From Warsaw to the Oder: Planning for the Inevitable II

Lacking manpower, materiel, and suitable fortifications, Army Group A cracked apart on the first day of the Soviet offensive (within hours, actually). As always, the Soviets staggered the start. Coordinated front-level offensives on this continental scale require more than a starter’s pistol. Local variations in weather, the ground, and the state of preparations can lead to delays. In previous weeks, the Stavka had been the recipient of urgent requests from the western powers to advance the date of the offensive, scheduled originally for January 16. Stalin had obliged. Indeed, there was nothing he seemed to enjoy more than advancing a starting date on his commanders. The result was a certain amount of last-second scrambling that some commanders handled more smoothly than others:

January 12th       1st Ukrainian Front (Konev)

January 13th       1st Baltic Front (Bagramyan)

2nd Byelorussian Front (Rokossovsky)

3rd Byelorussian Front (Cherniakhovsky)

January 14th       1st Byelorussian Front (Zhukov)

At any rate, staggering the attacks brought a benefit—as the Soviets well knew by now. With German field commanders confused as to the location of the Soviet Schwerpunkt, they were uncertain or tentative in their reactions and often inserted their meager reserves prematurely or into the wrong place. The impact of receiving one massive blow after another also had a paralyzing effect on the High Command, including both Hitler and the OKH alike.

The Vistula-Oder operation, then, began as Marshal Konev’s show, with Zhukov’s front following two days later. Konev’s assault out of the Baranow-Sandomierz bridgehead married brute force to a sophisticated tactical approach, and it remains a model of modern offensive operations. The offensive opened with a brief but monstrous 15-minute bombardment at 4:45 a.m., with 300 guns per kilometer arranged quite literally hub to hub, targeting 4th Panzer Army opposite the bridgehead. Joining in at 5:00 a.m. were the “forward battalions,” probing the German front for weak spots and driving ahead 600 meters into the German defensive zone over the next few hours, occupying the German frontline trenches and even parts of the second. Most of the defending German infantry thought that they were facing the main attack by now, and they came up from their bunkers, where they’d been waiting out the Soviet bombardment, to engage the Soviet assault troops. That decision was fatal, leaving them open and vulnerable to the big one: an all-guns-at-once, 107-minute plastering of every worth-while target at and behind the German front. Soon the entire battlefield was a seething mass of high explosives, deadly chunks of shrapnel, and clods of frozen dirt, covered in a thick, choking, acrid smoke. A whole series of direct hits destroyed the headquarters of 4th Panzer Army, and the commander, a shaken General Gräser, might as well have been back in Berlin for all the control he was able to exert on the battle. And now, just before noon, it was the turn of the main body of Soviet infantry, moving up in 150-meter-wide sectors deliberately left untouched by the bombardment. Within hours they had penetrated as deep as five miles, and Konev hadn’t even played his trump card: the more than 2,000 tanks of the 3rd Guards and 4th Tank Armies. They came up at 2:00 p.m., passing through their own infantry and driving deep, smashing German defenses beyond hope of repair. By nightfall, they had torn a 25-mile-wide gash and in some sectors had penetrated up to 20 miles deep.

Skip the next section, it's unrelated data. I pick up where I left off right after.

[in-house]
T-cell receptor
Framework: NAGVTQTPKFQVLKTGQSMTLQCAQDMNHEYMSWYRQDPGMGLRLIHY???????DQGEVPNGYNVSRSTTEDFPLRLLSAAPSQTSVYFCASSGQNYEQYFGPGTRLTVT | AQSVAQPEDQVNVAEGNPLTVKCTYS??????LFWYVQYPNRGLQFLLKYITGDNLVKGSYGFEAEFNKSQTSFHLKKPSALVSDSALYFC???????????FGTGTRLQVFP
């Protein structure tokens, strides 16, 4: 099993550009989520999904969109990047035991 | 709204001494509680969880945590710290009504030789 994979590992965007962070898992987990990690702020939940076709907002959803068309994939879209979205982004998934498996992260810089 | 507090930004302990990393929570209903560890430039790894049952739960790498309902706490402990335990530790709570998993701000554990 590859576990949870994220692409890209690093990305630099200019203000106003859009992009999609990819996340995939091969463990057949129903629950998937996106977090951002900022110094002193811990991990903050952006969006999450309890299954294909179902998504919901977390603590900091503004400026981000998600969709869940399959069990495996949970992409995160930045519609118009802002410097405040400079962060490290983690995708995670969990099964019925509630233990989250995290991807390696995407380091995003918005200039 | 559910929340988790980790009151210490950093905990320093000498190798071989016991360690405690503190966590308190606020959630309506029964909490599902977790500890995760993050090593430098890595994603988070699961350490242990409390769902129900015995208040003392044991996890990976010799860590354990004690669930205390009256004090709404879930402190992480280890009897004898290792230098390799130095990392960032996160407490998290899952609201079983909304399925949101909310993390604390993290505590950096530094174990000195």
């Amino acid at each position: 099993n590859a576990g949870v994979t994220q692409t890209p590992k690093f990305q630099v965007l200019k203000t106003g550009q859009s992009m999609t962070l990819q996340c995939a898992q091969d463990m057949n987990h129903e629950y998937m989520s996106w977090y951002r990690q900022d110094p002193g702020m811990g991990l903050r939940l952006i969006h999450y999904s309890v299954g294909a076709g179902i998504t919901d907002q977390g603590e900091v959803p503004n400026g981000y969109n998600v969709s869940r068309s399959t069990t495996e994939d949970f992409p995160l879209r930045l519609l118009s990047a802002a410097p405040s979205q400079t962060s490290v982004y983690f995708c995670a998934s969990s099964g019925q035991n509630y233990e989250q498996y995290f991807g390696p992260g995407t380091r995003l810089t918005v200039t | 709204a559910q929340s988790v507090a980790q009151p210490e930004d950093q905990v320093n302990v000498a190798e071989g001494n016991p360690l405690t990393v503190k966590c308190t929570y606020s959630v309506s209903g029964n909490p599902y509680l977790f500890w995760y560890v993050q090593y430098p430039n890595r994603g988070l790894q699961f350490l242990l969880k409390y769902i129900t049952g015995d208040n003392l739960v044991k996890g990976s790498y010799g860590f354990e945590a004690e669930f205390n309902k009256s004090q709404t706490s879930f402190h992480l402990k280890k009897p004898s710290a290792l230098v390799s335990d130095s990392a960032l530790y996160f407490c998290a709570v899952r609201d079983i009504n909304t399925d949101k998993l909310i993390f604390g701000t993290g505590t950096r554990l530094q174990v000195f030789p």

Through it all 4th Panzer Army hadn’t reacted and, indeed, hadn’t been able to react. Like a patient lying on an operating table, the initiative was out of its hands. The formation in the front line, XXXXVIII Panzer Corps, had three divisions stretched very thinly, and the opening Soviet attack had vaporized it. Analysts who have studied German dispositions carefully note that the reserve Panzer formations of 4th Panzer Army (the 16th and 17th Panzer Divisions belonging to General Walther Nehring’s XXIV Panzer Corps) were deployed too close to the front line. The decision belonged to Hitler, suspicious as ever of his commanders’ operational intentions and willingness to retreat. Located just a few thousand yards behind the Hauptkampflinie, however, Nehring’s corps suffered mightily in the opening bombardment, especially in terms of command, control, and radio facilities. Within an hour, Nehring was out of communication with his divisions, and as much as General Gräser, he was commanding blindly for the entire opening sequence. He finally received orders in the late afternoon to close up his two divisions to the town of Kielce—dead center in the path of the onrushing Soviet tank armies. His signal troops had restored communications with his divisions by now, but it hardly mattered: the orders were already obsolete. Soviet armor had already overrun the assembly areas for his Panzers, catching one Tiger tank battalion being refueled out in the open and destroying it completely. The two divisions struggle gamely toward Kielce in disconnected and isolated fragments, and the commander of 17th Panzer Division, Colonel Albert Brux, was wounded in a Soviet bombardment and taken prisoner.